The growth in broadcast media, may well have been expected to kill off the newspaper, yet here we are 80 years later and they still have a role in modern life, albeit that their future has finally been made precarious by online news, though new business models such as concentrating on advertising so that papers can be given away free of charge seem to have given the London Evening Standard fresh impetus.

During the same decade as the completion of Broadcasting House the BBC also began to transmit television programmes.  This might have been expected to spell the end of the fledgling radio service, but the Second World War stopped the development of TV broadcasting in its tracks and radio became the ubiquitous link to what was happening in the world (however adulterated it may have been in the national interest!).

Even as television resumed its inexorable growth when hostilities ended, radio was still part of our lives, partly due to its ability to provide a background to other activities and partly due to the development of technologies that made it portable.

The song heavily samples The Buggles' "Vi...
The Buggles (Photo credit: Wikipedia)

Technology brought other innovations; the music video, satellite broadcasting, digital and more.  Perhaps predicting these changes a 30-year-old from Houghton-le-Spring called Trevor Horn got together with Geoff Downes to release a single in 1979.  They called themselves The Buggles and the single was Video Killed The Radio Star.

Over 30 years later and radio is still with us, along with all of the technologies that threatened to replace it.  There are simply so many channels through which we can access media today; in our homes, in our cars, in our workplaces, using computers, using our phones, and dare I say it, using our radios.  The need to fill all of this bandwidth with material means there is more demand for media than ever.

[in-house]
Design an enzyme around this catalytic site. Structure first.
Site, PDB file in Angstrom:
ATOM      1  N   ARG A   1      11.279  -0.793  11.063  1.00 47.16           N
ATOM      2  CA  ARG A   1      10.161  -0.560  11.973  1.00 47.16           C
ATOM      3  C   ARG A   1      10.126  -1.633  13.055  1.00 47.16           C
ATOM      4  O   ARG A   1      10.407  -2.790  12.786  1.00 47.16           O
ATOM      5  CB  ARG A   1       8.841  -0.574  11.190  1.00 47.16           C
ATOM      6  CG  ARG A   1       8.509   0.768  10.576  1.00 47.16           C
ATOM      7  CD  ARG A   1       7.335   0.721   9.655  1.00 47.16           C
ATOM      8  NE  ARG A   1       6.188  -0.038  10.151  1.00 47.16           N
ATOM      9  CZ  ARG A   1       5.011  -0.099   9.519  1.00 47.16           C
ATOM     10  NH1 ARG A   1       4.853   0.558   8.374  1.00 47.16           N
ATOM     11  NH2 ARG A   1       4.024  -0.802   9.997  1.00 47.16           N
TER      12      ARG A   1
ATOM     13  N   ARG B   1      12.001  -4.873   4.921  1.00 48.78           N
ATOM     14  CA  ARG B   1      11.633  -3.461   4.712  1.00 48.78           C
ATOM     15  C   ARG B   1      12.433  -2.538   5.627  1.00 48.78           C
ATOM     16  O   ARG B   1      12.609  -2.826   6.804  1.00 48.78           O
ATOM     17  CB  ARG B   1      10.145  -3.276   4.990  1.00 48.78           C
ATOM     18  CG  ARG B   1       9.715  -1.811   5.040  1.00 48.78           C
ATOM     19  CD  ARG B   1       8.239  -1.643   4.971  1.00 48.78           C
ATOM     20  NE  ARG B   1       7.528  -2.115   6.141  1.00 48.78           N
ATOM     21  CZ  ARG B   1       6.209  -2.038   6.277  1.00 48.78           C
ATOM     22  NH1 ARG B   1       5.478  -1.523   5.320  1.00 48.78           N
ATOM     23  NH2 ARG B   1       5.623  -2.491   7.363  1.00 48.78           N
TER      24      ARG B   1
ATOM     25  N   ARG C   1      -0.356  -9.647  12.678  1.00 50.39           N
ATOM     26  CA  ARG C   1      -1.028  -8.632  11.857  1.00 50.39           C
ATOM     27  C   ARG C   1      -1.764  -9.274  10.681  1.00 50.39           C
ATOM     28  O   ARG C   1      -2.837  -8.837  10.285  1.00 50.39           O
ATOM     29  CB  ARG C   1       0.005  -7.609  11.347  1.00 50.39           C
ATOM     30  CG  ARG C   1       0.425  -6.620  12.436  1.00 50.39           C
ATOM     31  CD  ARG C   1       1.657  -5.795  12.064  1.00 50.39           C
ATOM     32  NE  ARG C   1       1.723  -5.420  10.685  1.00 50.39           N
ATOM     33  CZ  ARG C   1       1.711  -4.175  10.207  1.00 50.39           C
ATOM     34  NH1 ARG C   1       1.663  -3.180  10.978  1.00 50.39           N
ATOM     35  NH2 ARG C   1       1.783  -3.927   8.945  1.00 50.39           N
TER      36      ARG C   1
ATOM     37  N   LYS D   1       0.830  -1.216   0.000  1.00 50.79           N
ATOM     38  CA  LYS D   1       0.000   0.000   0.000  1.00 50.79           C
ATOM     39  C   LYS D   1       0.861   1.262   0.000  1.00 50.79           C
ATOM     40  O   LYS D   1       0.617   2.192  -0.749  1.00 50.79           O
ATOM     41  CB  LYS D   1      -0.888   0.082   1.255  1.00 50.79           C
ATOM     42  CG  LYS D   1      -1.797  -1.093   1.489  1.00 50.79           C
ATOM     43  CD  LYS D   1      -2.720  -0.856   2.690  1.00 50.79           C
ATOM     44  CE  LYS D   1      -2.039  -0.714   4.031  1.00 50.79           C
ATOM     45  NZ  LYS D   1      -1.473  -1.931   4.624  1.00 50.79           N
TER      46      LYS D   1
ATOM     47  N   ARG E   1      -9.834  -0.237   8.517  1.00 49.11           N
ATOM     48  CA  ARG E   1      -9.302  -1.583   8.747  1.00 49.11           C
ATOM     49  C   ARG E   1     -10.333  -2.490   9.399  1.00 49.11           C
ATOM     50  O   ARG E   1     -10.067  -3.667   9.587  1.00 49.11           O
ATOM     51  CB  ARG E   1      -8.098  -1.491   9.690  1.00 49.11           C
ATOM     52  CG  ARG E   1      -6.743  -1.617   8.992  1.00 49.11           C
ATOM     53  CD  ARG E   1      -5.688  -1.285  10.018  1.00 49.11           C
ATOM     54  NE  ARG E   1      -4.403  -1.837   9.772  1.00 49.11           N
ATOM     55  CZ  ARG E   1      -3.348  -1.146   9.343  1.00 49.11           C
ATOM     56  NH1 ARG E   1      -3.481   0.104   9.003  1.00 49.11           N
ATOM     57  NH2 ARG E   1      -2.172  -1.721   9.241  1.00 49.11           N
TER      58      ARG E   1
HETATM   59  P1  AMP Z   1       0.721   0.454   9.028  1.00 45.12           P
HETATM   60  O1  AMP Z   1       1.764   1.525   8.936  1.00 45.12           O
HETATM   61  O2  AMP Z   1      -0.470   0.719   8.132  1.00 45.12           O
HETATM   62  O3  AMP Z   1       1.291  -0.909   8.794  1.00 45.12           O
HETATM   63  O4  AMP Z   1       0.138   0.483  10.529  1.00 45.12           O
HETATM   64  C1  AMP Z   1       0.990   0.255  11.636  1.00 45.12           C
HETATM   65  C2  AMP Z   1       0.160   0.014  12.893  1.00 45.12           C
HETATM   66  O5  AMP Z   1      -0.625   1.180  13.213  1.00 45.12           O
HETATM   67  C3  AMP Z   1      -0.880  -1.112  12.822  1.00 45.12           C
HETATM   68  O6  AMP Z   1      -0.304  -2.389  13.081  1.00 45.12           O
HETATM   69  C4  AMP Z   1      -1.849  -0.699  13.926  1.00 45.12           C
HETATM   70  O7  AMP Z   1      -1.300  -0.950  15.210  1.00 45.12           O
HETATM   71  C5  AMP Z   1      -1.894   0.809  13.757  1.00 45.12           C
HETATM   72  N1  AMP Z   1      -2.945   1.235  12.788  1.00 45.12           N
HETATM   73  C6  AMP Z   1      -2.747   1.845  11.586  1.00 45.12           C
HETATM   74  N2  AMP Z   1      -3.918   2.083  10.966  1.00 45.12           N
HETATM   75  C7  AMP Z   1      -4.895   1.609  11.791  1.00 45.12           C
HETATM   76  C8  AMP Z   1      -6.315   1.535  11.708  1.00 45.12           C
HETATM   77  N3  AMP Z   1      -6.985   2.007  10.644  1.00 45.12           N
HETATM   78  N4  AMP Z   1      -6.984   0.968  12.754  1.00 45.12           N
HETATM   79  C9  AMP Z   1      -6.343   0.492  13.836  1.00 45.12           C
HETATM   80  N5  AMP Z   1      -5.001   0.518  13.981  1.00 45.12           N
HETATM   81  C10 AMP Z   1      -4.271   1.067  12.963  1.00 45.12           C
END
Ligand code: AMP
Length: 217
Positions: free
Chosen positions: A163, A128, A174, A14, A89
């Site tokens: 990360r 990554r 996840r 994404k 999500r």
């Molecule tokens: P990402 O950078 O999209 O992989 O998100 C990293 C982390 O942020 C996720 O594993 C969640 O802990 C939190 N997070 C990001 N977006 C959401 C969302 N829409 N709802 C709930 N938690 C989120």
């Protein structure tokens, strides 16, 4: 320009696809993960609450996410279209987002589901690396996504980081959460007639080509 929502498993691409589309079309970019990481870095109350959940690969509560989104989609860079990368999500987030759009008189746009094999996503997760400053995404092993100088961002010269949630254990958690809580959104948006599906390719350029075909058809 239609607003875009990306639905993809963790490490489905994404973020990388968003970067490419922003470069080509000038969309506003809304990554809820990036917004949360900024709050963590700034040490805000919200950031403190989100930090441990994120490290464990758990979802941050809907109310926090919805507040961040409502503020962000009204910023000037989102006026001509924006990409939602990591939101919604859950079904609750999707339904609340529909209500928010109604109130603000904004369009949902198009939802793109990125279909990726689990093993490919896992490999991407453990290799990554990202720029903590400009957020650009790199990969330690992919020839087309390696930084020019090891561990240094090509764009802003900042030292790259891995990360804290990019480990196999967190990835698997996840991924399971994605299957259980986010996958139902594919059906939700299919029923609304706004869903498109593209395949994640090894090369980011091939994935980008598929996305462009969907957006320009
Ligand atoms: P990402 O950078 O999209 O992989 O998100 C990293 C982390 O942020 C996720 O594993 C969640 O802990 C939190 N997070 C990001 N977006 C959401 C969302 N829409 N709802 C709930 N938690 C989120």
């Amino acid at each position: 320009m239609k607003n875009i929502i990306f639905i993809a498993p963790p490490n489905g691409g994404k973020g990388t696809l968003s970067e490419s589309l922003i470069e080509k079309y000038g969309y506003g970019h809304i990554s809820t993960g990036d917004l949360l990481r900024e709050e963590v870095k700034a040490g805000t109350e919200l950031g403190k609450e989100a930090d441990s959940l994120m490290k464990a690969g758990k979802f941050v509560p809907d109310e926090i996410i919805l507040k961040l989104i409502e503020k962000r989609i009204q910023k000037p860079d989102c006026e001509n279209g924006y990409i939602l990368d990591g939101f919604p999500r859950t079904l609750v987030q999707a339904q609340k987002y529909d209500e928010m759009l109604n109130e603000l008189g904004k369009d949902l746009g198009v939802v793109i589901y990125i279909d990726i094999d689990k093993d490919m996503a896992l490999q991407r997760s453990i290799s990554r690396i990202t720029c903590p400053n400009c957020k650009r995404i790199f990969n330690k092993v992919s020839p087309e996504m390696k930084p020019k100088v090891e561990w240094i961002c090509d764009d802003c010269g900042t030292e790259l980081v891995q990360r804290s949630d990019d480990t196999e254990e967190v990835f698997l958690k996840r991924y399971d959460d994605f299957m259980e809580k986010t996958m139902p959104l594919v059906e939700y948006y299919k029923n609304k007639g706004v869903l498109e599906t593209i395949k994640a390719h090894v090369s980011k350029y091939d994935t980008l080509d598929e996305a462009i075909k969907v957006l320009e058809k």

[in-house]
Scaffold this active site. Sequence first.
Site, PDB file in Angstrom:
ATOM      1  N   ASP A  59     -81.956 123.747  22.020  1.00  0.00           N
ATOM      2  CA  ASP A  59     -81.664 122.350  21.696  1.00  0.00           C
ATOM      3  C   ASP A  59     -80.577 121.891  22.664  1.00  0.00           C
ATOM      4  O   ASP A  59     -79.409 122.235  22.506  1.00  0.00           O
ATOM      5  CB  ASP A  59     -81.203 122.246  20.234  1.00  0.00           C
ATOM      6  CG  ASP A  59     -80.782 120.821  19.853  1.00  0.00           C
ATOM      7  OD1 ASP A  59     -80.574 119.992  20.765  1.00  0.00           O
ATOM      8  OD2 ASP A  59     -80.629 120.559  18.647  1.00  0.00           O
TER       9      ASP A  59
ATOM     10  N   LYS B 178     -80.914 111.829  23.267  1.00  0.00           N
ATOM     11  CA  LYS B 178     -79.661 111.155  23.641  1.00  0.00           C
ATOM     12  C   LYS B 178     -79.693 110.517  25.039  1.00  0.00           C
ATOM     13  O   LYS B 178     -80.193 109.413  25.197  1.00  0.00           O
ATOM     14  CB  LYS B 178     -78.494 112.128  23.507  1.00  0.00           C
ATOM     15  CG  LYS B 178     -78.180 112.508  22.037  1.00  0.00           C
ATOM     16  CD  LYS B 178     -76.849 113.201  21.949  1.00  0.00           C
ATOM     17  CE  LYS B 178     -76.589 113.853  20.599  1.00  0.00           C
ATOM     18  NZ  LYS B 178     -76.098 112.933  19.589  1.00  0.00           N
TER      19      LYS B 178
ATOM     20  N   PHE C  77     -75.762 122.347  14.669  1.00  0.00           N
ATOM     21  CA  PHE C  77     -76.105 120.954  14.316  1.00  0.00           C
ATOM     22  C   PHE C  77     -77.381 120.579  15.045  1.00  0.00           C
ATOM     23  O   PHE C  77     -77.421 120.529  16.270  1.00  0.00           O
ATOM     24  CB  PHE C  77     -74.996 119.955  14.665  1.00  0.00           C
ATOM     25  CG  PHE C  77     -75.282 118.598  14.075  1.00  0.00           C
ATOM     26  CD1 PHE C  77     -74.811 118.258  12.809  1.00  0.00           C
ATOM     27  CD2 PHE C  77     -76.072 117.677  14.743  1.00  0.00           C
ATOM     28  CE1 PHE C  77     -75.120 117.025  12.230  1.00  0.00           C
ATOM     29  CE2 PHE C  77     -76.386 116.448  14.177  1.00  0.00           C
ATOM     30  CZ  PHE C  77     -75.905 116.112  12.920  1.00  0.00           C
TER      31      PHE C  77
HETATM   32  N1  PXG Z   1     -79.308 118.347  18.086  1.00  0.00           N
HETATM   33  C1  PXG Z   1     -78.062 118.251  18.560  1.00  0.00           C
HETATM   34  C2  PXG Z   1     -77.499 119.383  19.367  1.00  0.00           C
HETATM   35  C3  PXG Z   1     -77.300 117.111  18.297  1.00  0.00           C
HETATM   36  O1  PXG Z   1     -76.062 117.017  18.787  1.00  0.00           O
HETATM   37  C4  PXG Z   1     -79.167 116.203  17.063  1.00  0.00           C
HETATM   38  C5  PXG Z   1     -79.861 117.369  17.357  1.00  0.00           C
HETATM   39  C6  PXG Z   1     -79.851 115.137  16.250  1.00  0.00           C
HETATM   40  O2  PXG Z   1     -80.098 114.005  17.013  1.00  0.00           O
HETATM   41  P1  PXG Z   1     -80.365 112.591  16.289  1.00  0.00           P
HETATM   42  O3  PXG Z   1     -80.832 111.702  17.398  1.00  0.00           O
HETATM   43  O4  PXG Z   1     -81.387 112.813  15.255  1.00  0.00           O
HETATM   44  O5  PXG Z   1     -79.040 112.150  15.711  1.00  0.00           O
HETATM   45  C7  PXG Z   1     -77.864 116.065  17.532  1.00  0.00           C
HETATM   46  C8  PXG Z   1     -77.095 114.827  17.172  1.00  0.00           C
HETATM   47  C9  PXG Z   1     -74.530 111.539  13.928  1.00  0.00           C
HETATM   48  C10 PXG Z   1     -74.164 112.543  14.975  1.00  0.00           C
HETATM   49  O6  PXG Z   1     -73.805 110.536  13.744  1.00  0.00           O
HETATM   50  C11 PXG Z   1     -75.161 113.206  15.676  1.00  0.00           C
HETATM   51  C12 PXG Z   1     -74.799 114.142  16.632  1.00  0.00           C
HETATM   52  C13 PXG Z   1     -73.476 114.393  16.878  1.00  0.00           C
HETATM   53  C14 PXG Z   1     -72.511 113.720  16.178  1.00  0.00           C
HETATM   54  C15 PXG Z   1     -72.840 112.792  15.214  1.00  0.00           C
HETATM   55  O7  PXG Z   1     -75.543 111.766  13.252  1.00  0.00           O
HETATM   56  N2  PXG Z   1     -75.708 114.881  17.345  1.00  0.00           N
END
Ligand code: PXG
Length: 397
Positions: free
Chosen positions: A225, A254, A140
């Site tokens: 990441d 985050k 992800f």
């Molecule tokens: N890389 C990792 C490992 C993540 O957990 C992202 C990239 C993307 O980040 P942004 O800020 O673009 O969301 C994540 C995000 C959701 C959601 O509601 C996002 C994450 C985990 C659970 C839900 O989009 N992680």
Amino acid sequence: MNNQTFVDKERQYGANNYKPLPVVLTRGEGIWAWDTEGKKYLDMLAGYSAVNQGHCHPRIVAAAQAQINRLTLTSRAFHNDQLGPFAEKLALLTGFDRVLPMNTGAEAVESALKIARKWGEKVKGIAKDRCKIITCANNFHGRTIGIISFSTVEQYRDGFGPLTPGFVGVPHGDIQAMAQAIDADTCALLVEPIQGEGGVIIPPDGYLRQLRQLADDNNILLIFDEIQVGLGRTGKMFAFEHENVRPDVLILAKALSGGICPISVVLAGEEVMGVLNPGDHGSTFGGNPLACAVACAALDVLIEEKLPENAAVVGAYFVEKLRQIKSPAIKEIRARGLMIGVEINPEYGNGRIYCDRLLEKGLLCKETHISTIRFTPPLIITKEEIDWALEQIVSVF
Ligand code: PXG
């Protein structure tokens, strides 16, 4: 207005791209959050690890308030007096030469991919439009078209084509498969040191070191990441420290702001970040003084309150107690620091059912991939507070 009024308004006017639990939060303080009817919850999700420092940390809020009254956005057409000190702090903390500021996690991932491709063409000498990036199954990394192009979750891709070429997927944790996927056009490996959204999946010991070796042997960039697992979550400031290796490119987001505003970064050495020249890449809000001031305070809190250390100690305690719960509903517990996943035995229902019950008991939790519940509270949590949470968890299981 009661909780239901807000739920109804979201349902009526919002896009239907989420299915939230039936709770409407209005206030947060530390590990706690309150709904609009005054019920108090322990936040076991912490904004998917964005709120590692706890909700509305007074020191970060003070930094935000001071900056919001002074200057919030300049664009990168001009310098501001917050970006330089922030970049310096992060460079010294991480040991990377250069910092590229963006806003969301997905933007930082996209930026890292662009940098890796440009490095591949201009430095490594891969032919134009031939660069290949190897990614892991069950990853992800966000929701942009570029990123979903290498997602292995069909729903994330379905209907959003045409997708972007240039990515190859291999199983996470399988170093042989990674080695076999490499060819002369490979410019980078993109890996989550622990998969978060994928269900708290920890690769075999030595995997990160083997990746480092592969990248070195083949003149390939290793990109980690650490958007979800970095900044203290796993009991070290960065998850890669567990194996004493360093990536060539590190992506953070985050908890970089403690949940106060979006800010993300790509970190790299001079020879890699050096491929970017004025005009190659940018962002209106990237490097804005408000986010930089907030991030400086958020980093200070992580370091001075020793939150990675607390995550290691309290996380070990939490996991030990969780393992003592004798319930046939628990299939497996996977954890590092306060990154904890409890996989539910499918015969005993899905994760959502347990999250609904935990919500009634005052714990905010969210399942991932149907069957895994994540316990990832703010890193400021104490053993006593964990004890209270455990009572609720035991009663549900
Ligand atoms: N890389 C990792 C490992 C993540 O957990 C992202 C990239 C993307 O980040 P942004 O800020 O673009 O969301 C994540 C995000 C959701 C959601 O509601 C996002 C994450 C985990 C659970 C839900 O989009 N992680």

What is more, as technologies make production within the reach of all, it is possible to broadcast to even very small and select audiences (such as through this blog).

All of this bemused a road-sweeper who I met whilst out today.  He told me how popular the area was with photographers, so I told him why I was there (though he declined to be photographed).  A little further on a group of media students were wielding a trio of tiny video cameras (which were lost on enormous tripods).  I don’t know what their objective was, but the girl who was their subject didn’t seem to be in on it!

A little further along I found my portrait for today.  Richard and John are both broadcasters for a community radio station in Sunderland called Spark FM. Run jointly by students and members of the community it broadcasts from both the centre of town and the university campus.  The guys were clearly doing some serious preparation for their next show as they both hand their heads down in the papers!

So a 10 minute stroll and you have a photo-blogger, a video production and a radio team, all to meet our insatiable appetite for media.  Well someone needs to provide the phone content that amused these three:

The Buggles – Video Killed The Radio Star – Single Version